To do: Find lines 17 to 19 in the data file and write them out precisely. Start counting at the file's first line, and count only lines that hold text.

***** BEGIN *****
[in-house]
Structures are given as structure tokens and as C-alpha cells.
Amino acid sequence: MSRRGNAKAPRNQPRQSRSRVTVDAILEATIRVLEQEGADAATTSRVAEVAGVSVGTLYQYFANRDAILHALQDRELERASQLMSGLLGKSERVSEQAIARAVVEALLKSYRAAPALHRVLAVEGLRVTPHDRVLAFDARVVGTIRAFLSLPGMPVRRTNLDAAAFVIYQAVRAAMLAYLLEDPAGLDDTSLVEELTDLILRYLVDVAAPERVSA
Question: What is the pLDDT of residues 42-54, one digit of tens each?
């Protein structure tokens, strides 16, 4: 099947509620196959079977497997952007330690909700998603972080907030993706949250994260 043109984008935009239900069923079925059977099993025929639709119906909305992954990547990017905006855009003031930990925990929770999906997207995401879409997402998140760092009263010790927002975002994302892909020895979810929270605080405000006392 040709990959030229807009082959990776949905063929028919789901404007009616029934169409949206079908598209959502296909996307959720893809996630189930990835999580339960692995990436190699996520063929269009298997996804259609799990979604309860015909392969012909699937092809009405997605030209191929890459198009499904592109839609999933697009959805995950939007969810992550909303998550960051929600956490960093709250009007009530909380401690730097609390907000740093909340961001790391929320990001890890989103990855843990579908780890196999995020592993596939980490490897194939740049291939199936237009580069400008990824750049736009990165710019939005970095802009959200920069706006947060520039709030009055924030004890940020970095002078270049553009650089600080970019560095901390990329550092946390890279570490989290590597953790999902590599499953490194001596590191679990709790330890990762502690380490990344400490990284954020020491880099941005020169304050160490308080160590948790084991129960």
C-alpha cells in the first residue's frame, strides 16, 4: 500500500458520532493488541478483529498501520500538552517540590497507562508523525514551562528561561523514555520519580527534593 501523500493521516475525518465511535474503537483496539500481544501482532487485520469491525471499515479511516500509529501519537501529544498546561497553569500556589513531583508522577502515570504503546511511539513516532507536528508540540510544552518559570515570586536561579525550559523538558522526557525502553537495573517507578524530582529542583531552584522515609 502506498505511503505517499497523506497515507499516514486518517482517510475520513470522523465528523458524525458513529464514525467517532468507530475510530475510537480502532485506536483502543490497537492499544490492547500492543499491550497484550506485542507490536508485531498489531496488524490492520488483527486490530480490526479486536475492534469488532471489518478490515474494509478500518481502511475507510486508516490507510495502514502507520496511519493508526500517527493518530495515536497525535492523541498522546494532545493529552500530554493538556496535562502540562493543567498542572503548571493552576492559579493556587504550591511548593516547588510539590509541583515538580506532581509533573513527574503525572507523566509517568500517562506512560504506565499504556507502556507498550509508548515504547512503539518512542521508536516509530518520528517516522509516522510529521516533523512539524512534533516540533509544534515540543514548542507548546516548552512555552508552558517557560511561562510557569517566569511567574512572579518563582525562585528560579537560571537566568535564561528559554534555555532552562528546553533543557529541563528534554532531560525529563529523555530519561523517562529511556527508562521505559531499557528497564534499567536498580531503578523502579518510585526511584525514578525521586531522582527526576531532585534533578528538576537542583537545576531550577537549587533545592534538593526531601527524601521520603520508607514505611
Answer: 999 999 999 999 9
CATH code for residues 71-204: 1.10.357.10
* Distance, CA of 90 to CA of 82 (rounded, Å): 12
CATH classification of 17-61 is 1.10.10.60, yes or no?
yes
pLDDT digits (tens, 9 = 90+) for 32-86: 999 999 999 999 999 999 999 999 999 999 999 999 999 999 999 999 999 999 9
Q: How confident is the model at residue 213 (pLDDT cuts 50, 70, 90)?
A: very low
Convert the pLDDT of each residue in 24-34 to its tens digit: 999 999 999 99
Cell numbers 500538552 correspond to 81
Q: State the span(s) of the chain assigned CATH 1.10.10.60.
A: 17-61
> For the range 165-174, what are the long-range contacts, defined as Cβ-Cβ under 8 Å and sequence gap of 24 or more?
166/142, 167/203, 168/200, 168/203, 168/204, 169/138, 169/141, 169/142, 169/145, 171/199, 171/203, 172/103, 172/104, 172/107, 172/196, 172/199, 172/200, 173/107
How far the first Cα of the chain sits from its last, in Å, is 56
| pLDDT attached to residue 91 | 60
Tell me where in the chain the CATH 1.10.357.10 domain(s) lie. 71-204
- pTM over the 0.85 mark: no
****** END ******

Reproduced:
Q: State the span(s) of the chain assigned CATH 1.10.10.60.
A: 17-61
> For the range 165-174, what are the long-range contacts, defined as Cβ-Cβ under 8 Å and sequence gap of 24 or more?